Oil Rebounds Toward $62

Oil Rebounds Toward $62Oil Rebounds Toward $62

Oil rebounded by more than $2 toward $62 a barrel on Tuesday as fighting in Libya, stronger equity markets and firm demand helped Brent futures recover from their biggest one-day loss in a month, Reuters reported.

Brent crude fell more than $3 on Monday as traders refocused on rising global supplies, which have pushed oil prices down more than 60 percent between June and January.

Rival Libyan forces carried out tit-for-tat air strikes on oil terminals and an airport, reviving fears over supplies from the OPEC member and helping Brent recover above the $60 level that has anchored prices since mid-February. 

Oilfields and ports are increasingly a target in Libya's conflict, which pits two rival governments and their armed forces against each other, nearly four years after the uprising that ousted leader Muammar Gaddafi. Forces claiming allegiance to Islamic State have also targeted oilfields and pipelines.

Brent for April delivery LCOc1 traded more than $2 higher at $61.67 a barrel on Tuesday.

US crude futures CLc1, also known as West Texas Intermediate or WTI, were up $1 at $50.59 a barrel. The US benchmark's discount to Brent narrowed sharply on Monday, reversing after touching $13.03, the widest since January 2014. While analysts said the market remained well supplied, signs of economic strength in Europe and Asia lent support. Stronger economies should increase demand for oil, which has already been boosted by the sharp drop in prices from above $115 a barrel in June.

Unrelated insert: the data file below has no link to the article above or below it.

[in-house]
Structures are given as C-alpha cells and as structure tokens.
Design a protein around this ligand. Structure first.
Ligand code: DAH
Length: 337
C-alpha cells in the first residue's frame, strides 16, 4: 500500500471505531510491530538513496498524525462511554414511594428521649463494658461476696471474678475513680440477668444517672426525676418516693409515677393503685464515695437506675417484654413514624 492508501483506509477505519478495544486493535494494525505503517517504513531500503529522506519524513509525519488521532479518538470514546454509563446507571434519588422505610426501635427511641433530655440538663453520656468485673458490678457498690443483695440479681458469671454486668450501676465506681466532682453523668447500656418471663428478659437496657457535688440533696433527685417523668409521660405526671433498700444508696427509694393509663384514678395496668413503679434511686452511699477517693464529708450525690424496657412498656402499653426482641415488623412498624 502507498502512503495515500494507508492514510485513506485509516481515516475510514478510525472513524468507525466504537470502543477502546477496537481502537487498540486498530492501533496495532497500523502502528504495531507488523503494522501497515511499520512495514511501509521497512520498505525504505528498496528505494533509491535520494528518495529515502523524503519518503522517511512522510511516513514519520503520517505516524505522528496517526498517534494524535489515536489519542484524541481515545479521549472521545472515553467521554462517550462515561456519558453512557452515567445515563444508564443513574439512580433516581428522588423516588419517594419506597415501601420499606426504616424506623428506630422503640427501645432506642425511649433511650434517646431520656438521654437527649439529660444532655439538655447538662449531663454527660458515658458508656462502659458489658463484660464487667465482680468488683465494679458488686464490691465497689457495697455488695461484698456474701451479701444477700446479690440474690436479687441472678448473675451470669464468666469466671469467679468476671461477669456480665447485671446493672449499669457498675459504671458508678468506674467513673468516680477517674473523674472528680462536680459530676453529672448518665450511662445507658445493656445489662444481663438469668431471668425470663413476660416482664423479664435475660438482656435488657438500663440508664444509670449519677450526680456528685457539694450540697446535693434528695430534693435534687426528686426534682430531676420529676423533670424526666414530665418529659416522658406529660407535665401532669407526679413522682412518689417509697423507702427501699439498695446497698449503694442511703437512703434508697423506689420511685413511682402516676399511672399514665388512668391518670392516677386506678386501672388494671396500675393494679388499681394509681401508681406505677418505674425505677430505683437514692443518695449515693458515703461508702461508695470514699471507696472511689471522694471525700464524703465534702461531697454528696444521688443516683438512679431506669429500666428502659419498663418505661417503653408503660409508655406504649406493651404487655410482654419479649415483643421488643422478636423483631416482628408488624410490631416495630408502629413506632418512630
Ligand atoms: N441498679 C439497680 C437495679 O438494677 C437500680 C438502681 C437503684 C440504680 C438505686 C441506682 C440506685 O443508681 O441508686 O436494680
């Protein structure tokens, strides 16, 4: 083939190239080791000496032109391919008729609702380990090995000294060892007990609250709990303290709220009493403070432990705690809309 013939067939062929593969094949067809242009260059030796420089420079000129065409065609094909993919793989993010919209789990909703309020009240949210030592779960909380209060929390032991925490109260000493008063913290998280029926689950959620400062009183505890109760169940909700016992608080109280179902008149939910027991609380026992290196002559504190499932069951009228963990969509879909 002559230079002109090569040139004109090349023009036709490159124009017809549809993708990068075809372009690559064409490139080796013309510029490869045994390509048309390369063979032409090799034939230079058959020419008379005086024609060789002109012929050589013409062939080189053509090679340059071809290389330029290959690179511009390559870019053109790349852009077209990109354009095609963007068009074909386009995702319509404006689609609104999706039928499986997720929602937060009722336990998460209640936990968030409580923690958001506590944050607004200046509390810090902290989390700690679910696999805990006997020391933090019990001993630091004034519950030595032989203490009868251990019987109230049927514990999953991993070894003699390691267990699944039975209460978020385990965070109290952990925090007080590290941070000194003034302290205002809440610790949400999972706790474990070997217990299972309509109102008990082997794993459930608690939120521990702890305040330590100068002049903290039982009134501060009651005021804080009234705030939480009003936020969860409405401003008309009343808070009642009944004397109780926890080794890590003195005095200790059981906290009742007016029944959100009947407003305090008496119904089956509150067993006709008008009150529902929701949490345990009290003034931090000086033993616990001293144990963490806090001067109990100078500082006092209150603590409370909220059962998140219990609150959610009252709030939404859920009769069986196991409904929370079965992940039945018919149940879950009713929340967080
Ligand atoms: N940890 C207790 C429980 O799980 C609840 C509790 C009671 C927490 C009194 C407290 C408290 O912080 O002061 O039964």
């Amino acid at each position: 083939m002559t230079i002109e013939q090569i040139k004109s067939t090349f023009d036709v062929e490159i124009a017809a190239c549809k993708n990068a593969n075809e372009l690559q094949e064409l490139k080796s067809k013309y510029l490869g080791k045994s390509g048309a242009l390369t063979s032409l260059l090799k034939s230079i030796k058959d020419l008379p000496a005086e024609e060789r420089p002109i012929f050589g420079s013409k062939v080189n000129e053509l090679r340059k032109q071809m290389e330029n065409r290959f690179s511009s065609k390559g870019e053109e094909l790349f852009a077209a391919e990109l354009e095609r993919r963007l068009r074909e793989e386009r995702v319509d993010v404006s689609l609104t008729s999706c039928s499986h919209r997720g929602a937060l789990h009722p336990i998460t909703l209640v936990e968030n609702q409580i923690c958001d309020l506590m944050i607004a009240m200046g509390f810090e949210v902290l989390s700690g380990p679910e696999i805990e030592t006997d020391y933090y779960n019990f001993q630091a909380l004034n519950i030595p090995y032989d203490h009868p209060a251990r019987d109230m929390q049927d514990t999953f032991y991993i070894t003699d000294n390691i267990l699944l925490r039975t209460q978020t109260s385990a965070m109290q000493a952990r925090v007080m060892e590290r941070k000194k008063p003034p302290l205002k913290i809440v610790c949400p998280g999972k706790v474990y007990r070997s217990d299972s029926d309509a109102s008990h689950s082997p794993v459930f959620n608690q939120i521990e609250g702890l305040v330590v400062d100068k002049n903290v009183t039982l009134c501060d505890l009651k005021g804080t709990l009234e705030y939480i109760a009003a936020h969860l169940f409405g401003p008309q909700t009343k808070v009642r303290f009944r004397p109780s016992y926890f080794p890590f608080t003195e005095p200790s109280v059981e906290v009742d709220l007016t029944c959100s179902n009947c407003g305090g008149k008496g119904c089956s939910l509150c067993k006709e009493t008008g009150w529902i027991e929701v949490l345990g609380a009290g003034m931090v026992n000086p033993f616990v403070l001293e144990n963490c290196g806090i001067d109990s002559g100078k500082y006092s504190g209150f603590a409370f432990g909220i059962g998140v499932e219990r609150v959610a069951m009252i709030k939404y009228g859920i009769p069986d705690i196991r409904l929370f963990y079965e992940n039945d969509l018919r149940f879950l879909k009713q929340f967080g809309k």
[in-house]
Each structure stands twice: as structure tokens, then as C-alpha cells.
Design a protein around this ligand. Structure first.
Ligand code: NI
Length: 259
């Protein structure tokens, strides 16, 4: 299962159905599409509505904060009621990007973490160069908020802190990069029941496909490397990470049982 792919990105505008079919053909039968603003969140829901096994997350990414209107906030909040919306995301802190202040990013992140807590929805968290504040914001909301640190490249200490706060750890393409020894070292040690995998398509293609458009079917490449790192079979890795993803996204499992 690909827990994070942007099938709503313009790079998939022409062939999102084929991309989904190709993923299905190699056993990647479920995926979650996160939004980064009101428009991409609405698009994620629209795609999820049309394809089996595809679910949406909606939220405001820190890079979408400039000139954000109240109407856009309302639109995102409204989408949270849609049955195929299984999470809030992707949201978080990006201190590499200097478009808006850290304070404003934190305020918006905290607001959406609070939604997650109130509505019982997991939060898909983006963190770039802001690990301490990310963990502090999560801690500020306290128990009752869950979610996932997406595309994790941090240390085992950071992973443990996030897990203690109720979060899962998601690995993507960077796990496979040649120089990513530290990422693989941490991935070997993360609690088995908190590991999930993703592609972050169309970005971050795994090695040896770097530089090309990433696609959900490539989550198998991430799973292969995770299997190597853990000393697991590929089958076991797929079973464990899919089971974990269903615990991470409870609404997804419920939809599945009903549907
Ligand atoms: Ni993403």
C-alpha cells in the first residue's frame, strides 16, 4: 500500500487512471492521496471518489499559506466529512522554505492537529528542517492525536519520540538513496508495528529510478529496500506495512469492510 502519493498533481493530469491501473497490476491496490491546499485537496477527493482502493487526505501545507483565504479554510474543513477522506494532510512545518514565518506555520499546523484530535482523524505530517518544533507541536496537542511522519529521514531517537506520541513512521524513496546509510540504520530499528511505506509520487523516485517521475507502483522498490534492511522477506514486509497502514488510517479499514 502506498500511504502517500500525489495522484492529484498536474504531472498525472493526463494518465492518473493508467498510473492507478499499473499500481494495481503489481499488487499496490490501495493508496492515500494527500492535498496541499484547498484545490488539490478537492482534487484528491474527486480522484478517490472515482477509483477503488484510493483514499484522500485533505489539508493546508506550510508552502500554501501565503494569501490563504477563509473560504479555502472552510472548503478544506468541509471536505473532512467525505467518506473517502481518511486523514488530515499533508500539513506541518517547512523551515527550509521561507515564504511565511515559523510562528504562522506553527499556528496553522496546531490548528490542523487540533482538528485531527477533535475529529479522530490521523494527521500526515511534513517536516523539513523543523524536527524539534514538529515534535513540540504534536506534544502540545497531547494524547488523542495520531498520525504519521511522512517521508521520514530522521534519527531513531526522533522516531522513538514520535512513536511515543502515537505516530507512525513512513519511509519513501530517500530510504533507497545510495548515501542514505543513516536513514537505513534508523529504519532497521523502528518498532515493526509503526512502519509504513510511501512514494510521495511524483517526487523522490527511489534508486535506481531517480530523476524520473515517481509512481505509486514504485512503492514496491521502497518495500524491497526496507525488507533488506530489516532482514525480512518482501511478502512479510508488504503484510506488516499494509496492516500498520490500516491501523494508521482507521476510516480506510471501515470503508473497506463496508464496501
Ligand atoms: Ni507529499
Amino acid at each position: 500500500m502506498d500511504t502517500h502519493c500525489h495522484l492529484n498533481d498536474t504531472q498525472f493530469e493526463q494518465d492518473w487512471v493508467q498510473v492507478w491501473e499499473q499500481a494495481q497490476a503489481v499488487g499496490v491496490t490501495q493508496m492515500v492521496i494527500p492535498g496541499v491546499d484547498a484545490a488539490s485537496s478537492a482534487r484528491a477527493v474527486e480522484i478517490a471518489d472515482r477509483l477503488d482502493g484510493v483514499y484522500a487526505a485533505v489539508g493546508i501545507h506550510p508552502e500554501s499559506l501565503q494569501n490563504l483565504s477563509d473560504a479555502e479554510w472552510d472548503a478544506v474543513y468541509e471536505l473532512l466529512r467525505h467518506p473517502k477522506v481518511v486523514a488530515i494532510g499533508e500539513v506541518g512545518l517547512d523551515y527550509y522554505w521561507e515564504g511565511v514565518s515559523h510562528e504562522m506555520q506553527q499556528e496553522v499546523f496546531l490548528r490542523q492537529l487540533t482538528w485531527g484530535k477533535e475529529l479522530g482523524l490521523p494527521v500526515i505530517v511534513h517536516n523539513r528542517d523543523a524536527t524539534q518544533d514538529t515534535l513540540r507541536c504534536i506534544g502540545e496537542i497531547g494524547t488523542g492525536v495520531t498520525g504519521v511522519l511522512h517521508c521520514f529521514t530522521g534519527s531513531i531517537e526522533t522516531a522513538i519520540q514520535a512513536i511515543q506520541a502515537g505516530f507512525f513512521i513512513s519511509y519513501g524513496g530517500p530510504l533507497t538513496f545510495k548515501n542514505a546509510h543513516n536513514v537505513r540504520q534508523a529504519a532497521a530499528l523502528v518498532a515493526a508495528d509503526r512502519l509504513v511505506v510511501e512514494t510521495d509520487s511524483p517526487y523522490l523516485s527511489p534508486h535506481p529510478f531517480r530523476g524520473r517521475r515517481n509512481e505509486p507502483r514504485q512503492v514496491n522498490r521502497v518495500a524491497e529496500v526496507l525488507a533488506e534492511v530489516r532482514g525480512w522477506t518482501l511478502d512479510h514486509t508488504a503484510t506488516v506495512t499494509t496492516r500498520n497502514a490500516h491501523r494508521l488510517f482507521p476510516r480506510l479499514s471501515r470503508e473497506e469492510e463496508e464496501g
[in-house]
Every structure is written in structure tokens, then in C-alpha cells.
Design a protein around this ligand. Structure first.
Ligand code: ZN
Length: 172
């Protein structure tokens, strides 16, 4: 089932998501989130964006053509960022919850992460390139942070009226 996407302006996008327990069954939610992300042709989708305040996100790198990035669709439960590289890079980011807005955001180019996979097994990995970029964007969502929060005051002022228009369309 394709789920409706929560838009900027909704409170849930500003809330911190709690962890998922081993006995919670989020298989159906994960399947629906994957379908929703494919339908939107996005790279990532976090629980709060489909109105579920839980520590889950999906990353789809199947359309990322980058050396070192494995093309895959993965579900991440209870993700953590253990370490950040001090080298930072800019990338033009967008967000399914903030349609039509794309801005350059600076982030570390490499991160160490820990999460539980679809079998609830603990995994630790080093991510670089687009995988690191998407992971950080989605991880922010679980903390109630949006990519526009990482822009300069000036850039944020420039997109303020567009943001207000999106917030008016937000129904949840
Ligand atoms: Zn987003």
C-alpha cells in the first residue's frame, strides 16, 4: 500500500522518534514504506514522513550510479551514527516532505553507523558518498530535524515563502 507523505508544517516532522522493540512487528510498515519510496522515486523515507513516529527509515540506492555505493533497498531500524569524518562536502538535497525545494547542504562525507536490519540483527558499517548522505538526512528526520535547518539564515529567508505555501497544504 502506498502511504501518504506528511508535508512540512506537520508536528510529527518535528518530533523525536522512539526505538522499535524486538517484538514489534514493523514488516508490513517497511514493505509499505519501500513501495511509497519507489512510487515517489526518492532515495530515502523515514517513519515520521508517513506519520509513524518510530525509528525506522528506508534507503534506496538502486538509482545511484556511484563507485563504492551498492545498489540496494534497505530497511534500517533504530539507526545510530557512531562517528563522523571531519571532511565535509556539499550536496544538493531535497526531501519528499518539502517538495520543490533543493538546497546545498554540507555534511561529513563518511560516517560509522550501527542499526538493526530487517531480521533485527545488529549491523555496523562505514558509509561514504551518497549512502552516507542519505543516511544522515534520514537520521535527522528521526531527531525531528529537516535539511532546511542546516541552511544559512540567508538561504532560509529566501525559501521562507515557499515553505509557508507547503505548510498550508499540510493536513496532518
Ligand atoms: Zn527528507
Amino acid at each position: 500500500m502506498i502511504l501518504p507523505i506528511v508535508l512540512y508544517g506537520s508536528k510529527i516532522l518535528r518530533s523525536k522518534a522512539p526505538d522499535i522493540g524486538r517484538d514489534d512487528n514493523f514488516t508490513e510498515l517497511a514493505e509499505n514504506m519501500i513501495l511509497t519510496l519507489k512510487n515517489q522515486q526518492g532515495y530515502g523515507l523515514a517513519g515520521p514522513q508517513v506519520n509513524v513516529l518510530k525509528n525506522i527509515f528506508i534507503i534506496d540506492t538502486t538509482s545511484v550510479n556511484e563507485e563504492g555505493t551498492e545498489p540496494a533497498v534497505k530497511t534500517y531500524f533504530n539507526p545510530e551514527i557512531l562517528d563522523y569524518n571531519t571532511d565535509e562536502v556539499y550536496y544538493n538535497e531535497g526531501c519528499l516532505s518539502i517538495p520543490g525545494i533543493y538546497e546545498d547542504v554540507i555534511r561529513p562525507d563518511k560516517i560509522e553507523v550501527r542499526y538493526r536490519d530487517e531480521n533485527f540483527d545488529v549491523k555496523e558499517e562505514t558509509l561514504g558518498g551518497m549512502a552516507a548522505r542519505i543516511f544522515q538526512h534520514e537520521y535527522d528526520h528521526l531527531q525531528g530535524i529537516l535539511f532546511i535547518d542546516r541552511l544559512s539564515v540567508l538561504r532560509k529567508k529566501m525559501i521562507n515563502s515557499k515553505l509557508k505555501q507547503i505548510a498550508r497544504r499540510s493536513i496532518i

"The low prices have helped demand, and that has supported the crude oil market," said Olivier Jakob of PetroMatrix.

Data showed China's January crude oil throughput climbed 0.6 percent on last year to 9.27 million barrels per day.

Traders are also watching to see whether fast-growing US shale output can keep expanding after a 12th straight weekly decline in the number of rigs drilling in the United States. Despite the slowing rig count, US production and output in the Middle East remain high.